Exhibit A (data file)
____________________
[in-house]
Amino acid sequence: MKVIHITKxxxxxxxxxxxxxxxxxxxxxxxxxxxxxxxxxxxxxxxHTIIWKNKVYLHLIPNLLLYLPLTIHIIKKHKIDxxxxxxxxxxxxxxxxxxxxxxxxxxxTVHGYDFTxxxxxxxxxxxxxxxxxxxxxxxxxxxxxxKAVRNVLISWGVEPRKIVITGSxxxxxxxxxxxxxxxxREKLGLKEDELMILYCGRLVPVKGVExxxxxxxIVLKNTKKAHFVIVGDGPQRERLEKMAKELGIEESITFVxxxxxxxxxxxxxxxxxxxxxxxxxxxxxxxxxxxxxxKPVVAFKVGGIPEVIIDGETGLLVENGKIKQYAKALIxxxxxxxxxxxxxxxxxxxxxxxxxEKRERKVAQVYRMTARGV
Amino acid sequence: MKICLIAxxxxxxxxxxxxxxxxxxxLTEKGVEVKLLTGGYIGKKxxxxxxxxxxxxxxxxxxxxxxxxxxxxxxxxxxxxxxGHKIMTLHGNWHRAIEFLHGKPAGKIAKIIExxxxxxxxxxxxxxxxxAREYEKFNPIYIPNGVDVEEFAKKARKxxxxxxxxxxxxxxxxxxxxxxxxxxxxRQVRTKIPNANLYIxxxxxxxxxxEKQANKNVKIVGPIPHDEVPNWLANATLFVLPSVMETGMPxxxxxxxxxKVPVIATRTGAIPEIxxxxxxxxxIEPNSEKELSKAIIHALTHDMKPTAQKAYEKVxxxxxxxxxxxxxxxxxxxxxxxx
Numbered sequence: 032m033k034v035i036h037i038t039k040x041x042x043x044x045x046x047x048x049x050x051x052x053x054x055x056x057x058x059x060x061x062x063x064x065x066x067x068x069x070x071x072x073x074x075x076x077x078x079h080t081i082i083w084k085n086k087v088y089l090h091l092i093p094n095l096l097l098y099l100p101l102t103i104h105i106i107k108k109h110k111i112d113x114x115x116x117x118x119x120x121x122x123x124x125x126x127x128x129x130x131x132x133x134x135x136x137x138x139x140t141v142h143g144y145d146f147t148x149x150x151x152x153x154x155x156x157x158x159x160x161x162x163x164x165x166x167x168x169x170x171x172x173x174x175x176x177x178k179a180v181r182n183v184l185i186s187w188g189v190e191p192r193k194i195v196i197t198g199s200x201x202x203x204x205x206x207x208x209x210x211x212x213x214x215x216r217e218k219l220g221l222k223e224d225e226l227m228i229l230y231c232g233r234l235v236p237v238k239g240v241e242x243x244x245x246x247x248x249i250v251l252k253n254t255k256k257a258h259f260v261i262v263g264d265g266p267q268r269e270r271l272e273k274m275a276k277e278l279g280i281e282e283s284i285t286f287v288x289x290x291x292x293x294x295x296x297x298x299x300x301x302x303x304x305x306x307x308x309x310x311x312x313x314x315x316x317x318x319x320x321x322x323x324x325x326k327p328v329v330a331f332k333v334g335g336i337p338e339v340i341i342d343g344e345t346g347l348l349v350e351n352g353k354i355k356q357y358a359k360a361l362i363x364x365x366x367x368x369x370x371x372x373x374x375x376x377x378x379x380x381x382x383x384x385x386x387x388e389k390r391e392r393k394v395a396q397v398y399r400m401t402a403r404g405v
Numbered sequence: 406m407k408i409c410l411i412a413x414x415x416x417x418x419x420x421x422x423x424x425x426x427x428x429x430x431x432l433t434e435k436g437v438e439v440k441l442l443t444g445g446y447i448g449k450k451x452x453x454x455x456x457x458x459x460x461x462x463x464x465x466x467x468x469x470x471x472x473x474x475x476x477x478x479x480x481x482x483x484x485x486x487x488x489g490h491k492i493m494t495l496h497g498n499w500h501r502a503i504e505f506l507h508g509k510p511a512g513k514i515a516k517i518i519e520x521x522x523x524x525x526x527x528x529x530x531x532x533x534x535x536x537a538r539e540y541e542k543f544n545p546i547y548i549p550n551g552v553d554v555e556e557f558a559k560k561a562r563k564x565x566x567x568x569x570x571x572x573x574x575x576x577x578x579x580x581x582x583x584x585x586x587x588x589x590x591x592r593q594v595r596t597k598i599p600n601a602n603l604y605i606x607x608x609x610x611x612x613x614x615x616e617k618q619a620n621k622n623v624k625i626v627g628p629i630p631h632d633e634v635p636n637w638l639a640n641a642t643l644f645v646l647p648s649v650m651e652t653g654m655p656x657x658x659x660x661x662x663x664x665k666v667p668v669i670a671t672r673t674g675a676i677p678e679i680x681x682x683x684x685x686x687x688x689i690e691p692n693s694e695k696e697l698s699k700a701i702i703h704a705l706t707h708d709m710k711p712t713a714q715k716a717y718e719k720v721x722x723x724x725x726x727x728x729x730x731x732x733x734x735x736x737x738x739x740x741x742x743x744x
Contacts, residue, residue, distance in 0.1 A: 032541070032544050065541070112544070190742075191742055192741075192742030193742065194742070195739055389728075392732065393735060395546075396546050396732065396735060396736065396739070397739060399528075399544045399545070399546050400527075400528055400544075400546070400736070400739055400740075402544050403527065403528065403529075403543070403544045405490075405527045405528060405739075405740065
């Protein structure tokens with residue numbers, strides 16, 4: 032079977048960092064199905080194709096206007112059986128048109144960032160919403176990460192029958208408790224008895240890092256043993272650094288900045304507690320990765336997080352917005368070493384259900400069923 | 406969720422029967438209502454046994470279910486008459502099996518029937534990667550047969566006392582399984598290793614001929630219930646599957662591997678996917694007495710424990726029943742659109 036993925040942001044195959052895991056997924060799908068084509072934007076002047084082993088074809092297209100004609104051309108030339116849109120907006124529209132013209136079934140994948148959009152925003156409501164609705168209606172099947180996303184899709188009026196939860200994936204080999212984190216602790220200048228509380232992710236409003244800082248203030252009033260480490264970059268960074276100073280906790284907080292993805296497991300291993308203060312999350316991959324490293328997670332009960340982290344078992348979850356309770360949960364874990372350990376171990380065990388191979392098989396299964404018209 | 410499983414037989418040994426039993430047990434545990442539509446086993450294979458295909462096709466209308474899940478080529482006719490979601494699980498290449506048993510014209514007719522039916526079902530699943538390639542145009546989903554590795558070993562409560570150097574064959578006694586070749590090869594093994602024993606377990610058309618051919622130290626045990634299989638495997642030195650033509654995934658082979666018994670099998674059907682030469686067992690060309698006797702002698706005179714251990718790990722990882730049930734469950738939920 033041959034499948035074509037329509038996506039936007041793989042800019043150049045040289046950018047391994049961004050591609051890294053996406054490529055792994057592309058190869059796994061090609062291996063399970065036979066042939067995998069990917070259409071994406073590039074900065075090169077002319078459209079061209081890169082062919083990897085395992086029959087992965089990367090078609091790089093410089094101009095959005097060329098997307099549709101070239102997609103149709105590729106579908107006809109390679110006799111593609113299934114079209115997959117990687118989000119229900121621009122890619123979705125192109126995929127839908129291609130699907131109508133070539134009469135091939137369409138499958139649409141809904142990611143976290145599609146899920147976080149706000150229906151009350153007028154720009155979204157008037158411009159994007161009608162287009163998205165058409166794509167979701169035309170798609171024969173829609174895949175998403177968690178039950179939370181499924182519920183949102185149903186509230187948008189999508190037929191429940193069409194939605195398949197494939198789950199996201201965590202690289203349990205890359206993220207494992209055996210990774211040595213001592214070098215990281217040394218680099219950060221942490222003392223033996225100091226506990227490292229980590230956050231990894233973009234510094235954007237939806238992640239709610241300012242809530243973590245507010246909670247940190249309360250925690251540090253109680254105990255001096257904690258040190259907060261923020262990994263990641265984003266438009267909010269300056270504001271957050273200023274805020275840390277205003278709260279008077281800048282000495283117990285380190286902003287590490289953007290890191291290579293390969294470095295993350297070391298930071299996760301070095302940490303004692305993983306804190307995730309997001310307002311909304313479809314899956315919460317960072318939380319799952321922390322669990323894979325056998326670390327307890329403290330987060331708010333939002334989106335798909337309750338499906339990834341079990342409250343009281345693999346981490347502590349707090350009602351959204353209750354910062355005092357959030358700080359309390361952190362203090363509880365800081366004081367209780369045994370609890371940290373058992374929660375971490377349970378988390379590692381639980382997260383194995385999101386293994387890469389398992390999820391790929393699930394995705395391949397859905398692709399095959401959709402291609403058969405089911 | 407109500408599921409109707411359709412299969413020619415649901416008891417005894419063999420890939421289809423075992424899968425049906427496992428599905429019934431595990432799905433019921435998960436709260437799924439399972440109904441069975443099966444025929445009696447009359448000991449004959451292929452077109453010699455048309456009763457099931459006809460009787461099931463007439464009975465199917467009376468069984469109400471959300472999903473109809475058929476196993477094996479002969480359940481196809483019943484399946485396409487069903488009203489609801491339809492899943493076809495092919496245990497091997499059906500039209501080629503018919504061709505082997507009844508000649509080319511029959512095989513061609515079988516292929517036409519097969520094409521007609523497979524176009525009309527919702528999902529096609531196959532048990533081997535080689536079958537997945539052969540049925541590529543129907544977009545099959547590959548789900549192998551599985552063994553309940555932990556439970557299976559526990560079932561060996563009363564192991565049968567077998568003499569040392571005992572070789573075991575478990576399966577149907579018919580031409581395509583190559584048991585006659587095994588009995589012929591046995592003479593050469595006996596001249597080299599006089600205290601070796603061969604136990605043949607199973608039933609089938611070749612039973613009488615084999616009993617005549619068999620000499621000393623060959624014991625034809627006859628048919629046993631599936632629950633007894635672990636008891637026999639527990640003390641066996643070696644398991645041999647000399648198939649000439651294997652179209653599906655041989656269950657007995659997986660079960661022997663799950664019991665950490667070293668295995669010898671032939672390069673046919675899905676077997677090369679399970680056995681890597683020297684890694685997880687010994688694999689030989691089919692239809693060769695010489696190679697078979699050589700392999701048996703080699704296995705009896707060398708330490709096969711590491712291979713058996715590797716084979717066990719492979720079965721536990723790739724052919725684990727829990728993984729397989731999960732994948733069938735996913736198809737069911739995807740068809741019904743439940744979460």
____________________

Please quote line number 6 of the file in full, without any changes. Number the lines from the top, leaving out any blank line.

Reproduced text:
Contacts, residue, residue, distance in 0.1 A: 032541070032544050065541070112544070190742075191742055192741075192742030193742065194742070195739055389728075392732065393735060395546075396546050396732065396735060396736065396739070397739060399528075399544045399545070399546050400527075400528055400544075400546070400736070400739055400740075402544050403527065403528065403529075403543070403544045405490075405527045405528060405739075405740065